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Technical Aspects and Recent Trends in the Management of Large and Giant Midbasilar Artery Aneurysms

Lawton, Michael T. MD; Daspit, C. Phillip MD; Spetzler, Robert F. MD

Neurosurgery:
Clinical Studies
Abstract

OBJECTIVE: Cranial base approaches that involve radical petrosectomy are associated with significant rates of morbidity. We have sought alternative approaches to the midbasilar artery to reduce the extent of temporal bone removal and correspondingly to reduce complications while still providing adequate surgical exposure. The extended orbitozygomatic and far-lateral approaches are two such approaches. We compared our experience with these approaches to our experience with the standard transpetrosal approaches in the treatment of midbasilar artery aneurysms.

METHODS: Between 1990 and 1995, 28 patients with large and giant midbasilar artery aneurysms were treated with approaches involving either radical or conservative petrosectomy.

RESULTS: Overall, good outcomes (Glasgow Outcome Scale scores of 1 and 2) were observed in 21 patients (75%), and three patients (11%) had permanent treatment-associated neurological deficits. Four patients died. Later in the series, the pterional-subtemporal approach (four patients) was supplanted by the orbitozygomatic approach (six patients). The increased use of hypothermic circulatory arrest improved exposure of the midbasilar region from above(orbitozygomatic approach) and below (far-lateral approach, 13 patients). Concomitantly, the use of transpetrosal approaches (five patients) decreased.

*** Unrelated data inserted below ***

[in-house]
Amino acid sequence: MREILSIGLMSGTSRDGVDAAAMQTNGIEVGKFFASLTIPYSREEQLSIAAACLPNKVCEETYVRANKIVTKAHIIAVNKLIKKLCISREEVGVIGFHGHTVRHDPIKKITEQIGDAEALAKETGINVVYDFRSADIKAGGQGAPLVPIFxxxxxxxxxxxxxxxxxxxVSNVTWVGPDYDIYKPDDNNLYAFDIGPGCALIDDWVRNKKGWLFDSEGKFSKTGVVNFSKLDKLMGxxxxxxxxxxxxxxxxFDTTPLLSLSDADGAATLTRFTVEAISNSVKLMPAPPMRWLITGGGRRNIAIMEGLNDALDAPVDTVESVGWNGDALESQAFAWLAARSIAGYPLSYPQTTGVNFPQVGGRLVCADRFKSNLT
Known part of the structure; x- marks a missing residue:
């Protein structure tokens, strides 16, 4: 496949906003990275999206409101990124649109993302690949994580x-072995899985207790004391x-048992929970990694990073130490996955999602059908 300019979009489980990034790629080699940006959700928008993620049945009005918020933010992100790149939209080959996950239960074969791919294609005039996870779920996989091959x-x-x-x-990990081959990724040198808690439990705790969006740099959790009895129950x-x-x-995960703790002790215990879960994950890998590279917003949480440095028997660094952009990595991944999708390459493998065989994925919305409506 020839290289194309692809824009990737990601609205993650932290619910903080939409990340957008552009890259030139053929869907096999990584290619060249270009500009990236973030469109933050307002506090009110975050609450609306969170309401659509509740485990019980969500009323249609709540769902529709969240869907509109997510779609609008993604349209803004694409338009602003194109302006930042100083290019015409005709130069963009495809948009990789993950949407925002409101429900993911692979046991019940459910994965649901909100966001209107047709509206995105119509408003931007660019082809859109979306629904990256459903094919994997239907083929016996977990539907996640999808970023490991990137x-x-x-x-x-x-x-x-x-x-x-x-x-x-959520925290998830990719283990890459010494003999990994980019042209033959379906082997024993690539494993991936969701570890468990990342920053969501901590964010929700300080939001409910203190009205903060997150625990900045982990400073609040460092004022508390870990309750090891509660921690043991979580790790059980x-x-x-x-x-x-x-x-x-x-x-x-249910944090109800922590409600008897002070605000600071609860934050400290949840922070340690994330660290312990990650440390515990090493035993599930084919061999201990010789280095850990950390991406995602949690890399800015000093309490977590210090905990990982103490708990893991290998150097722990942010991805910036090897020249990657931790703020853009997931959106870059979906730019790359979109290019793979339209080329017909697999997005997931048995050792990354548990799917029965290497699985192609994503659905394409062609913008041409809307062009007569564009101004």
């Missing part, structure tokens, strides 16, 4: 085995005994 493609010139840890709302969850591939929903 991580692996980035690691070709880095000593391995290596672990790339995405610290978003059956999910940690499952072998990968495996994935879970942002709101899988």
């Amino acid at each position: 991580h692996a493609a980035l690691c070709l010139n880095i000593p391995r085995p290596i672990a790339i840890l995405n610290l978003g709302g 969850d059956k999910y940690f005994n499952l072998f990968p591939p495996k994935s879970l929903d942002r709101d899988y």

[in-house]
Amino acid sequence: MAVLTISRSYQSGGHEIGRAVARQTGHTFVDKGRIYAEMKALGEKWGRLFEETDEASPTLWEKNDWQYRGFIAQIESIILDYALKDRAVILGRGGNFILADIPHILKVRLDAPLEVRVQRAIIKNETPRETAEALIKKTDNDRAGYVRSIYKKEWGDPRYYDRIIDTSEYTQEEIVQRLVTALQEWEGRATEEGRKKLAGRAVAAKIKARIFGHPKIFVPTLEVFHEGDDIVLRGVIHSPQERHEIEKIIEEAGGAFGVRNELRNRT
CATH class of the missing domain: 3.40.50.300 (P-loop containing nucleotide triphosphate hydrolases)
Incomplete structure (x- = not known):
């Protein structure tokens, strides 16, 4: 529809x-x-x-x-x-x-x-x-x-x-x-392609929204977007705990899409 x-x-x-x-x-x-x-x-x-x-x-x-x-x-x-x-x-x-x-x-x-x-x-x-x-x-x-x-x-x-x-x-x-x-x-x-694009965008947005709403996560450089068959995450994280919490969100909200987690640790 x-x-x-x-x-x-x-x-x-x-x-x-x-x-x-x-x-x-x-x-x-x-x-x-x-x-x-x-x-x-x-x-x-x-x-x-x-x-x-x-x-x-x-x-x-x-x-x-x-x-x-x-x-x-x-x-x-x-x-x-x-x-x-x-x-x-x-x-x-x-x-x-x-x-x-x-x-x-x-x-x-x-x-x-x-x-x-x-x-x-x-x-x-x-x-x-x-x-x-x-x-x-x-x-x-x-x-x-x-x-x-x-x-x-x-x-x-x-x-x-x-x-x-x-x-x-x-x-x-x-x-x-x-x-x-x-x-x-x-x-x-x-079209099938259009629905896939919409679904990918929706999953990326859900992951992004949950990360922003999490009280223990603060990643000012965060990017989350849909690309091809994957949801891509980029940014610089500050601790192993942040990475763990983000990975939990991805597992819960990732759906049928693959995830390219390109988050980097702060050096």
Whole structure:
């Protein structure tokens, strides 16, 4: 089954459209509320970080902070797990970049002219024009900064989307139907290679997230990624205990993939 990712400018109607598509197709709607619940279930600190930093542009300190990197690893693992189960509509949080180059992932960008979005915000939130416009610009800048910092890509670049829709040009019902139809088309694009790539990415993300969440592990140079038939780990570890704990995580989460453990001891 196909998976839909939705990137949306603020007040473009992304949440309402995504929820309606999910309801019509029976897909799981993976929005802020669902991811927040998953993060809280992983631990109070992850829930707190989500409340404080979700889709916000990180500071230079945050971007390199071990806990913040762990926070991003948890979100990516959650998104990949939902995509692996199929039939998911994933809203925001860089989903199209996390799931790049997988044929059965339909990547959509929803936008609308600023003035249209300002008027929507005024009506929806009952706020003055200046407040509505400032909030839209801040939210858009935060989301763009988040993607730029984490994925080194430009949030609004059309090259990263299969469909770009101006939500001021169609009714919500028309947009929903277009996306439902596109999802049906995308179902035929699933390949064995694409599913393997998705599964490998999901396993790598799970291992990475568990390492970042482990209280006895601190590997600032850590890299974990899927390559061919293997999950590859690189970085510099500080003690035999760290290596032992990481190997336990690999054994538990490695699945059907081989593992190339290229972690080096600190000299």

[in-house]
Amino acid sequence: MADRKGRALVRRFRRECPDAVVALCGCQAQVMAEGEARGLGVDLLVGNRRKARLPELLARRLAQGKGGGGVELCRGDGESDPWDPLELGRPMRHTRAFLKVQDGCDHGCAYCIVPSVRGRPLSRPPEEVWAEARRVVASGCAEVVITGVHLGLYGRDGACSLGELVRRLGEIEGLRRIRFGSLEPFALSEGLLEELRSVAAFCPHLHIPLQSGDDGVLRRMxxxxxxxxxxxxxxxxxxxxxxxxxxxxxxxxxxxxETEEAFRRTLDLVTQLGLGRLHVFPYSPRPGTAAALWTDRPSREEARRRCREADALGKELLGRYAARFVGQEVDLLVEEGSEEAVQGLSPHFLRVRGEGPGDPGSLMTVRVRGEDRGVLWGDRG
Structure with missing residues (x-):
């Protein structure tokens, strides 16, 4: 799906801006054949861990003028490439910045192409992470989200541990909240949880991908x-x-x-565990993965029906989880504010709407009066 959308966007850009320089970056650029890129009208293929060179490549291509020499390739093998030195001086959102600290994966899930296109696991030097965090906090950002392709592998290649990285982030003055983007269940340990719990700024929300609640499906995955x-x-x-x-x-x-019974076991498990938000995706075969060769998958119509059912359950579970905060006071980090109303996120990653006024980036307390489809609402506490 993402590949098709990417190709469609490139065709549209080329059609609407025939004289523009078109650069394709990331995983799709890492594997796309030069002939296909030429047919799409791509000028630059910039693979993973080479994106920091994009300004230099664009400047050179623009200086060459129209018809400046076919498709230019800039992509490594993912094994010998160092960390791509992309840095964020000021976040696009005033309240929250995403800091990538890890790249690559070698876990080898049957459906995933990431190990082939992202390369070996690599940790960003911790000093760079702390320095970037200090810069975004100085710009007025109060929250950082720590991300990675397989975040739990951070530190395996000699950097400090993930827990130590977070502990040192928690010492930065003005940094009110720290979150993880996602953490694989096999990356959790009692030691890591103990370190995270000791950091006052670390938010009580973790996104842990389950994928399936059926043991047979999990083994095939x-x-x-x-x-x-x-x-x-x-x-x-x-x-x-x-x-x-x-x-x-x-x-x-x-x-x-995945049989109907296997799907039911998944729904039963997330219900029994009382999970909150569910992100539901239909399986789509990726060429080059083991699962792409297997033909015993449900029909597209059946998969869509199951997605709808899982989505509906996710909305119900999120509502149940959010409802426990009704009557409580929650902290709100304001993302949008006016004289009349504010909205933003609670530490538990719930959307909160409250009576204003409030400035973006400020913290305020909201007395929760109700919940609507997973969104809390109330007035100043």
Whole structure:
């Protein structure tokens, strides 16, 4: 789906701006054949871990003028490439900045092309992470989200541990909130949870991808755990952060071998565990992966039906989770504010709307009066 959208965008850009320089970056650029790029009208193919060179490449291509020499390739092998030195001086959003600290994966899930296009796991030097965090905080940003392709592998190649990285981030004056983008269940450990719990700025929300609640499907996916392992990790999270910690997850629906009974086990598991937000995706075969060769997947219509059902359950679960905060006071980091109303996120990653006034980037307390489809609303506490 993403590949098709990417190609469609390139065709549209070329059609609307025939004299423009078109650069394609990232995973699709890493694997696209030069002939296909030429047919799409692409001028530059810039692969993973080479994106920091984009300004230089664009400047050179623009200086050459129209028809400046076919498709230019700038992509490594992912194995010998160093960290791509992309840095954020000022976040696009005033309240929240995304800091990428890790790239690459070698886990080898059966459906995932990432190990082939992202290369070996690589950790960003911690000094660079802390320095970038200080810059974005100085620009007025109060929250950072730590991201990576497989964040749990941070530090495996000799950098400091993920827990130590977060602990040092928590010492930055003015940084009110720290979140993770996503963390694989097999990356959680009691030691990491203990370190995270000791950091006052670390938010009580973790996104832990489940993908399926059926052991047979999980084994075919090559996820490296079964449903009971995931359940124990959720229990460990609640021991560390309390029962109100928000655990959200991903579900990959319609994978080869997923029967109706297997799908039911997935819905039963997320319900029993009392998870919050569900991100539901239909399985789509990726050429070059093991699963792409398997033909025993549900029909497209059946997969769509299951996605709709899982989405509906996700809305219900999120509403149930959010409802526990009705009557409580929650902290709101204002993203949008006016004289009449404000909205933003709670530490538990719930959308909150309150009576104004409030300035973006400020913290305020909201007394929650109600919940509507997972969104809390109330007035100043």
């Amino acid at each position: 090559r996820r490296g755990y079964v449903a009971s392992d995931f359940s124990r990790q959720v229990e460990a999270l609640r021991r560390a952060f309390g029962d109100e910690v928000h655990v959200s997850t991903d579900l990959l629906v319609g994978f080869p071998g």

CONCLUSION: Modified orbitozygomatic and far-lateral approaches adequately expose the midbasilar region and can replace transpetrosal approaches in some cases. These extended approaches can be associated with lower morbidity rates than can transpetrosal approaches. Hypothermic circulatory arrest is critical to clipping large and giant midbasilar artery aneurysms directly when approaches that conserve the temporal bone are used.

Author Information

Divisions of Neurological Surgery (MTL, RFS) and Neuro-Otology (CPD), Barrow Neurological Institute, Mercy Healthcare Arizona, Phoenix, Arizona

Received, September 10, 1996. Accepted, April 8, 1997.

Reprint requests: Robert F. Spetzler, M.D., Neuroscience Publications Office, Barrow Neurological Institute, 350 West Thomas Road, Phoenix, AZ 85013-4496.

Copyright © by the Congress of Neurological Surgeons